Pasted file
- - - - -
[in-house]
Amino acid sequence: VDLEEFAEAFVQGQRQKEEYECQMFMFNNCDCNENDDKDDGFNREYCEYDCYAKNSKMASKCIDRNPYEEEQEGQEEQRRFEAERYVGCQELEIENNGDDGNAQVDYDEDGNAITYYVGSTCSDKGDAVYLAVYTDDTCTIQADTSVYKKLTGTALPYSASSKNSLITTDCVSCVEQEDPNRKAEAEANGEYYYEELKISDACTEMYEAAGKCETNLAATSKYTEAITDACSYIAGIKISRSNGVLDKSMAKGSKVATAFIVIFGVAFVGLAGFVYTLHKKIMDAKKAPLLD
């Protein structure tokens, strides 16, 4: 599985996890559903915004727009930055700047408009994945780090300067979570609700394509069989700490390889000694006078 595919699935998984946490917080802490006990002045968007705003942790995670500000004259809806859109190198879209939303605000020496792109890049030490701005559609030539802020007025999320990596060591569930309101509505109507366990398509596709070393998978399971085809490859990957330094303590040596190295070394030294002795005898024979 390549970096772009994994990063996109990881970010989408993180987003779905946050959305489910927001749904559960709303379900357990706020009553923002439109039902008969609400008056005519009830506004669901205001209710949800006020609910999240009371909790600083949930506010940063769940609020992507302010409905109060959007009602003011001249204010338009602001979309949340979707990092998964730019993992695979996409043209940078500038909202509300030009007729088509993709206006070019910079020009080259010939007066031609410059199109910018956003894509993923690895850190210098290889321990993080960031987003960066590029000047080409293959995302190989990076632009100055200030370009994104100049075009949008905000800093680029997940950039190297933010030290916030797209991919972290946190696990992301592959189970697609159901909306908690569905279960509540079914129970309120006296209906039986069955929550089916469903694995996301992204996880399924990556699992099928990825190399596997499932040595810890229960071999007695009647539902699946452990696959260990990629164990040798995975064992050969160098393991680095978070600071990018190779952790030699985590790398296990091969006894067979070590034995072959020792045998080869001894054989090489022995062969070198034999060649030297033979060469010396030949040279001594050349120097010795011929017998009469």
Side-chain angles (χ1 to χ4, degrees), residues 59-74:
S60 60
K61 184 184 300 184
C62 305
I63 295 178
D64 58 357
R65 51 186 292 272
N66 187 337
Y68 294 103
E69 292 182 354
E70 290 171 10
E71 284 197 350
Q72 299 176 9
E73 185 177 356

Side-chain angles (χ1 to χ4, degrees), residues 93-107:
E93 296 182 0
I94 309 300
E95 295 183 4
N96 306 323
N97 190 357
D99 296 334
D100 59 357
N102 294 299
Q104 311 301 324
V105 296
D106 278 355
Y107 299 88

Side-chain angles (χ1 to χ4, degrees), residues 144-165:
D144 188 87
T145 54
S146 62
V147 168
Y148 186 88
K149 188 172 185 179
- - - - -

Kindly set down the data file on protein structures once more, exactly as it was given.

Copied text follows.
[in-house]
Amino acid sequence: VDLEEFAEAFVQGQRQKEEYECQMFMFNNCDCNENDDKDDGFNREYCEYDCYAKNSKMASKCIDRNPYEEEQEGQEEQRRFEAERYVGCQELEIENNGDDGNAQVDYDEDGNAITYYVGSTCSDKGDAVYLAVYTDDTCTIQADTSVYKKLTGTALPYSASSKNSLITTDCVSCVEQEDPNRKAEAEANGEYYYEELKISDACTEMYEAAGKCETNLAATSKYTEAITDACSYIAGIKISRSNGVLDKSMAKGSKVATAFIVIFGVAFVGLAGFVYTLHKKIMDAKKAPLLD
């Protein structure tokens, strides 16, 4: 599985996890559903915004727009930055700047408009994945780090300067979570609700394509069989700490390889000694006078 595919699935998984946490917080802490006990002045968007705003942790995670500000004259809806859109190198879209939303605000020496792109890049030490701005559609030539802020007025999320990596060591569930309101509505109507366990398509596709070393998978399971085809490859990957330094303590040596190295070394030294002795005898024979 390549970096772009994994990063996109990881970010989408993180987003779905946050959305489910927001749904559960709303379900357990706020009553923002439109039902008969609400008056005519009830506004669901205001209710949800006020609910999240009371909790600083949930506010940063769940609020992507302010409905109060959007009602003011001249204010338009602001979309949340979707990092998964730019993992695979996409043209940078500038909202509300030009007729088509993709206006070019910079020009080259010939007066031609410059199109910018956003894509993923690895850190210098290889321990993080960031987003960066590029000047080409293959995302190989990076632009100055200030370009994104100049075009949008905000800093680029997940950039190297933010030290916030797209991919972290946190696990992301592959189970697609159901909306908690569905279960509540079914129970309120006296209906039986069955929550089916469903694995996301992204996880399924990556699992099928990825190399596997499932040595810890229960071999007695009647539902699946452990696959260990990629164990040798995975064992050969160098393991680095978070600071990018190779952790030699985590790398296990091969006894067979070590034995072959020792045998080869001894054989090489022995062969070198034999060649030297033979060469010396030949040279001594050349120097010795011929017998009469």
Side-chain angles (χ1 to χ4, degrees), residues 59-74:
S60 60
K61 184 184 300 184
C62 305
I63 295 178
D64 58 357
R65 51 186 292 272
N66 187 337
Y68 294 103
E69 292 182 354
E70 290 171 10
E71 284 197 350
Q72 299 176 9
E73 185 177 356

Side-chain angles (χ1 to χ4, degrees), residues 93-107:
E93 296 182 0
I94 309 300
E95 295 183 4
N96 306 323
N97 190 357
D99 296 334
D100 59 357
N102 294 299
Q104 311 301 324
V105 296
D106 278 355
Y107 299 88

Side-chain angles (χ1 to χ4, degrees), residues 144-165:
D144 188 87
T145 54
S146 62
V147 168
Y148 186 88
K149 188 172 185 179